The York and Albany produced an enjoyable meal this week, my first visit to this boutique hotel in Camden. The food was generally well made and the price not excessive, though service was a little erratic. However this is an example of a Gordon Ramsay venture that is operating quite smoothly.
I was impressed with a meal at Chutney Mary (pictured), which has now been around for no less than twenty years. Tandoori dishes were carefully made, while a gulam jamun dessert was remarkably good. There is certainly cheaper Indian food to be found in London, but it is hard to really criticise the quality of the cooking here.
La Trompette was on good form this week, with an enjoyable mackerel with salad and a little bacon, followed by a classical Chateaubriand and (an innovation here) triple cooked chips. Even on this Monday night in August the dining room was fully booked.
Happy fifth birthday to Sam’s Brasserie, which opened on 8th August 2005. It has become part of the Chiswick dining scene, despite its eccentric location (tucked away down an alley, not far from the post office).
Another local place to me, the Duke of Sussex, delivered a particularly good meal. I was most impressed with my wife’s starter, an intensely flavoured crab soup, rustic and with robust seasoning. My Spnish omelette was also nicely made, as was a seafood paella. This was meal suggesting that the kitchen is on a bit of a roll here, and I will return in due course to see if this positive trend continues.
I finished the week at almost the end of the train lines, with a trip to the Sportsman on the Kent coast. I have written about this restaurant at length so will not repeat myself, but suffice it to say that the tasting menu was lovely. A native lobster with a stuffed courgette flower was particularly impressive, while the lovely taste of the summer vegetable salad (with vegetables grown in the garden of the pub) just serve to remind diners just how mediocre are the vegetables used in many top London restaurants. This is simple cooking with fine ingredients, and what more can one hope for from a restaurant?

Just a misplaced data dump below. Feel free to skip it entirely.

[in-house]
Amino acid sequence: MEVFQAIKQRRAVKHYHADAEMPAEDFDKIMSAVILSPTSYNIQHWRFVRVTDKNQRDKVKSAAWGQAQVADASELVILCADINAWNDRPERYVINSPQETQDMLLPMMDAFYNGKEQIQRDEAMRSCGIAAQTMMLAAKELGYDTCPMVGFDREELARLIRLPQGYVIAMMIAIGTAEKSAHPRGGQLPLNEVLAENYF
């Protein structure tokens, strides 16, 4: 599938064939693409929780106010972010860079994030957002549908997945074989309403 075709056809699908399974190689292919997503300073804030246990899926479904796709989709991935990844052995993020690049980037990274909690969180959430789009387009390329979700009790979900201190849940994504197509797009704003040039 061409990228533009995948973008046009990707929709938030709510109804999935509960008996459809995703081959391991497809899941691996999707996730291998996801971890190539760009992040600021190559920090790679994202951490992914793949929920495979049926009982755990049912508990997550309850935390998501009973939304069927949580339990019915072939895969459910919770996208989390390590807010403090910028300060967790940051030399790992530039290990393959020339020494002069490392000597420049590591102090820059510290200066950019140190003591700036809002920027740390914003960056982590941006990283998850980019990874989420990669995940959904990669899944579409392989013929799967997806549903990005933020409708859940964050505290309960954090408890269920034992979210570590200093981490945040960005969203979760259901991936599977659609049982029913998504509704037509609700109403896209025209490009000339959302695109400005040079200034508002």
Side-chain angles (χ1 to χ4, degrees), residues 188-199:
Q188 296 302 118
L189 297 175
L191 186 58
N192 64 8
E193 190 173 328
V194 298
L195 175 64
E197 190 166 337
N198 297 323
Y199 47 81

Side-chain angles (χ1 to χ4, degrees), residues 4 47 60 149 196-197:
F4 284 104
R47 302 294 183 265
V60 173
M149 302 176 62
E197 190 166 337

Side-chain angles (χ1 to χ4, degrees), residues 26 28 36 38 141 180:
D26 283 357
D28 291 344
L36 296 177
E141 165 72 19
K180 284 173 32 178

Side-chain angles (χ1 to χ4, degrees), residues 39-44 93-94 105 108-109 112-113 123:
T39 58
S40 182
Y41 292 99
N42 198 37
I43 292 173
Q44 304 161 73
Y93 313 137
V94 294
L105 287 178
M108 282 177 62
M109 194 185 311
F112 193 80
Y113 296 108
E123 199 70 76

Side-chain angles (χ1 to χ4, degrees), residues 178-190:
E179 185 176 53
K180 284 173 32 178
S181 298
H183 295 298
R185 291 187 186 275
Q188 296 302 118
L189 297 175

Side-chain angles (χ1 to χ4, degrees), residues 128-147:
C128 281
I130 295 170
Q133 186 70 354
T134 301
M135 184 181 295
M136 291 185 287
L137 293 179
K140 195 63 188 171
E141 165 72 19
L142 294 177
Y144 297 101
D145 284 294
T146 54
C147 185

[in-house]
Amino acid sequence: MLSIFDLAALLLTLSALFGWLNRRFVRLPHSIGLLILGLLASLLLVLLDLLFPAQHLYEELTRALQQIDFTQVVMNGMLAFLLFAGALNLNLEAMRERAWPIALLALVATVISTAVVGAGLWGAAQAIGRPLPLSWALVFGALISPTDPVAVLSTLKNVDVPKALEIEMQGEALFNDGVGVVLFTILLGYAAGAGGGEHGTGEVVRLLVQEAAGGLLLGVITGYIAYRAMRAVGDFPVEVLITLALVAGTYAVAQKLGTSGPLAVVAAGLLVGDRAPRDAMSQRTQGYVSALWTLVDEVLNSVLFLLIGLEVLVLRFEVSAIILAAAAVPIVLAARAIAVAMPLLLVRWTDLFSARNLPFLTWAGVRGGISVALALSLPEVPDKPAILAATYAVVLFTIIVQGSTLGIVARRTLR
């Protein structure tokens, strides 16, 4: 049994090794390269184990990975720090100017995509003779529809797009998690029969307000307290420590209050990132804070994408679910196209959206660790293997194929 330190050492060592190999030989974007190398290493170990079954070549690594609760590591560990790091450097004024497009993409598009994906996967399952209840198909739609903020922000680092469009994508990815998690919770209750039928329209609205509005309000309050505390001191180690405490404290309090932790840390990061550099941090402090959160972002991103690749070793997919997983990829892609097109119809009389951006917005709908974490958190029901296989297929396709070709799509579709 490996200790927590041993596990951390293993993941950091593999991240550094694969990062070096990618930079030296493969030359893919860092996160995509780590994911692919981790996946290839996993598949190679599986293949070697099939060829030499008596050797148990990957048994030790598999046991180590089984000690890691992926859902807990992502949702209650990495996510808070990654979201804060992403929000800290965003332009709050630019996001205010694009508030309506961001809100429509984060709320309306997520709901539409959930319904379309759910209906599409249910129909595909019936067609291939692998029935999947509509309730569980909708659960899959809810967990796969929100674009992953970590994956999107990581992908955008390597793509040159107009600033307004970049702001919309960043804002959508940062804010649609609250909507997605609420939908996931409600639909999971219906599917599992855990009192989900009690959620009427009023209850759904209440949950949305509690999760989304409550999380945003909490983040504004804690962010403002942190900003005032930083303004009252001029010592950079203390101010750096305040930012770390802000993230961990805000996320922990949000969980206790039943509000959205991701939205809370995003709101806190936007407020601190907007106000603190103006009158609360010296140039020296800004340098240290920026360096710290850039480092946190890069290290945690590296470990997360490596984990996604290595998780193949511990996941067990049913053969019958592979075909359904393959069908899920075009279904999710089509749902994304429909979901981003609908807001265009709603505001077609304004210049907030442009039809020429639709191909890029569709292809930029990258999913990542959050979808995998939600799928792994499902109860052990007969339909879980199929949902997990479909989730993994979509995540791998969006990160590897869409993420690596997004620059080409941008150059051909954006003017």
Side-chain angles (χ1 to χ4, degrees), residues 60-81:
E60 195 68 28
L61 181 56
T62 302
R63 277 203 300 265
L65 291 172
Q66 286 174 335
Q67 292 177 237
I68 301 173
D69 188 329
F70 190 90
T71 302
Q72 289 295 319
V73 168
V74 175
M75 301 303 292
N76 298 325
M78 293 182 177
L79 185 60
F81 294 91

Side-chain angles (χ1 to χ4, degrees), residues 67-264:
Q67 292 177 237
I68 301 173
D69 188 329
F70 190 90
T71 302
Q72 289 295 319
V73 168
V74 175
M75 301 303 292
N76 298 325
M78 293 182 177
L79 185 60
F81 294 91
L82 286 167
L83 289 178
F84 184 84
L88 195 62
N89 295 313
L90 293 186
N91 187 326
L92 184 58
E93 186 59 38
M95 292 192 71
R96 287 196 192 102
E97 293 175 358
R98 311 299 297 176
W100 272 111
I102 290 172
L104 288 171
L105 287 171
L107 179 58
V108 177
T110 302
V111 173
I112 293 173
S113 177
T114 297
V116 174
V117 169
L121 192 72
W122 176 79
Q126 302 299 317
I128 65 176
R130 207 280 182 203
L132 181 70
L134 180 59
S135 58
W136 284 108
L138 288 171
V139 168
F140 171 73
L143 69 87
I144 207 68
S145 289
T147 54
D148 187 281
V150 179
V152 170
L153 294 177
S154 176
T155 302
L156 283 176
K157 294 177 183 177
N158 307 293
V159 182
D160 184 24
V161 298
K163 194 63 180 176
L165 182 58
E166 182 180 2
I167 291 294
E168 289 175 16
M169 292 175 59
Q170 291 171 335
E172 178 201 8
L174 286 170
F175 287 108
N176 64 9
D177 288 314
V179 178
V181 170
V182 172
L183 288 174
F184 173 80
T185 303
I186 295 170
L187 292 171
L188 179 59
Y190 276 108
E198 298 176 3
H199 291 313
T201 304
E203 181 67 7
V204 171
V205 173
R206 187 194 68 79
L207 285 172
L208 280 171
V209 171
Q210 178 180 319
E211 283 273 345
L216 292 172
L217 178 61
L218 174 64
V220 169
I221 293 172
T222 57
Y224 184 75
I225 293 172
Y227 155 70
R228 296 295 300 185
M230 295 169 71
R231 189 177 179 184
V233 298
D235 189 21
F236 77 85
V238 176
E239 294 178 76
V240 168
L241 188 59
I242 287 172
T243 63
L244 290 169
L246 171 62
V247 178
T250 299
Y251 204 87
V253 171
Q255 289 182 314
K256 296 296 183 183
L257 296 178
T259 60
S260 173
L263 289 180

In other news, the dismal Urban Turban, Vineet Bhatia’s Notting Hill venture, duly folded. He blamed the location and the economy for the closure, somehow omitting to mention the quality of the food. I was much sorrier to see Konstam at the King Albert close on August 2nd – in this case I think the location can justifiably be blamed. On the subject of restaurant closures, they do things differently in Japan. Three Michelin star restaurant Osier is about to close for three years because problems were found with the building in which they happen to be located; seemingly, they will not be moving elsewhere in the interim, but are just shutting down and waiting for the building to reopen.
The blog will be a day earlier than usual next week.